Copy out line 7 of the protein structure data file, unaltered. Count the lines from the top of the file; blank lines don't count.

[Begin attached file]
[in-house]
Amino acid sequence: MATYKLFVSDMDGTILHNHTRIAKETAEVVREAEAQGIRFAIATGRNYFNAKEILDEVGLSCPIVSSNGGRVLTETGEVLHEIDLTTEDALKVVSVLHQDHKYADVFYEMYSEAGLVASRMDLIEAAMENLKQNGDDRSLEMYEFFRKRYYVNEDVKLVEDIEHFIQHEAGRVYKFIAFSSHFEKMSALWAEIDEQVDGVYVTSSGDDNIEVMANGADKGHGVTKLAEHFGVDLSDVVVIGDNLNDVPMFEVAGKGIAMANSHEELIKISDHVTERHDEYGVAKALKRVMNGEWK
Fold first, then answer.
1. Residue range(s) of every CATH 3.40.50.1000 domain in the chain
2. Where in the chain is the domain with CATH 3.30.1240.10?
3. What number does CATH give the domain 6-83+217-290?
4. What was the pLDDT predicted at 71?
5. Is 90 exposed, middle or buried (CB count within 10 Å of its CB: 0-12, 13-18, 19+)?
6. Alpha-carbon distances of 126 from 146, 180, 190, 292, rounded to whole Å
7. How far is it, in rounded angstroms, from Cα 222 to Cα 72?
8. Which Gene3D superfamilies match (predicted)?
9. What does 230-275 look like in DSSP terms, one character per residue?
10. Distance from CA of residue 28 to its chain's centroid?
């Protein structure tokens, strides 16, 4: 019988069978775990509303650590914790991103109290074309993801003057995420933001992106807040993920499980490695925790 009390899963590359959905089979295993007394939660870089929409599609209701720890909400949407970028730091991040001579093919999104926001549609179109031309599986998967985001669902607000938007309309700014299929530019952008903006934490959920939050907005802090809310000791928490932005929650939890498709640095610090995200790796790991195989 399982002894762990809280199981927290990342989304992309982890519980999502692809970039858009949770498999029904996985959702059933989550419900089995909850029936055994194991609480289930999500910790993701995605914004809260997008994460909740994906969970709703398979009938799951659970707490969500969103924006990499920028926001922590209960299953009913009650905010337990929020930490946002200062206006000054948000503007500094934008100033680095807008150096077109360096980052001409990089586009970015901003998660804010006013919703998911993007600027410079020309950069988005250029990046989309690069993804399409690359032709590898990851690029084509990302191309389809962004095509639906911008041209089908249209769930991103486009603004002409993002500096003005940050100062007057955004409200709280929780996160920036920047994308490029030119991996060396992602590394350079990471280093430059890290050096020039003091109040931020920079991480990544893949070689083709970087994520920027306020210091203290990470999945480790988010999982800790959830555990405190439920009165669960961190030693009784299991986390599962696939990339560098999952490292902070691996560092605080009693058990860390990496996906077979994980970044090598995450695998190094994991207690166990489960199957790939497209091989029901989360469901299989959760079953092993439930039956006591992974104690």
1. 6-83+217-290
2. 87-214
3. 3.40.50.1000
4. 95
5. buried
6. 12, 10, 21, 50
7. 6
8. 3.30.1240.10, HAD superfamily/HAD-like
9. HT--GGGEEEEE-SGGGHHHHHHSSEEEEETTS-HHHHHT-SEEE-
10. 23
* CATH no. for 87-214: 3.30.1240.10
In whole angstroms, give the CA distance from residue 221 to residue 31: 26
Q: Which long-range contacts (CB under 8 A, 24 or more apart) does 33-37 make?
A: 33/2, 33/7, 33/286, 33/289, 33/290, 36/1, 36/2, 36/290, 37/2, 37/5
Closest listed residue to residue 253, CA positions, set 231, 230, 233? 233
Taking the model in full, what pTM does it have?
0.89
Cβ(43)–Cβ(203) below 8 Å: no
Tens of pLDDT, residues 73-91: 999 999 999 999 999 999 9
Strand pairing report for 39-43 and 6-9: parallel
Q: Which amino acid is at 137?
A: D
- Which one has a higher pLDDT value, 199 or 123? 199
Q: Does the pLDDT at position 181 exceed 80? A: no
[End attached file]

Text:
4. What was the pLDDT predicted at 71?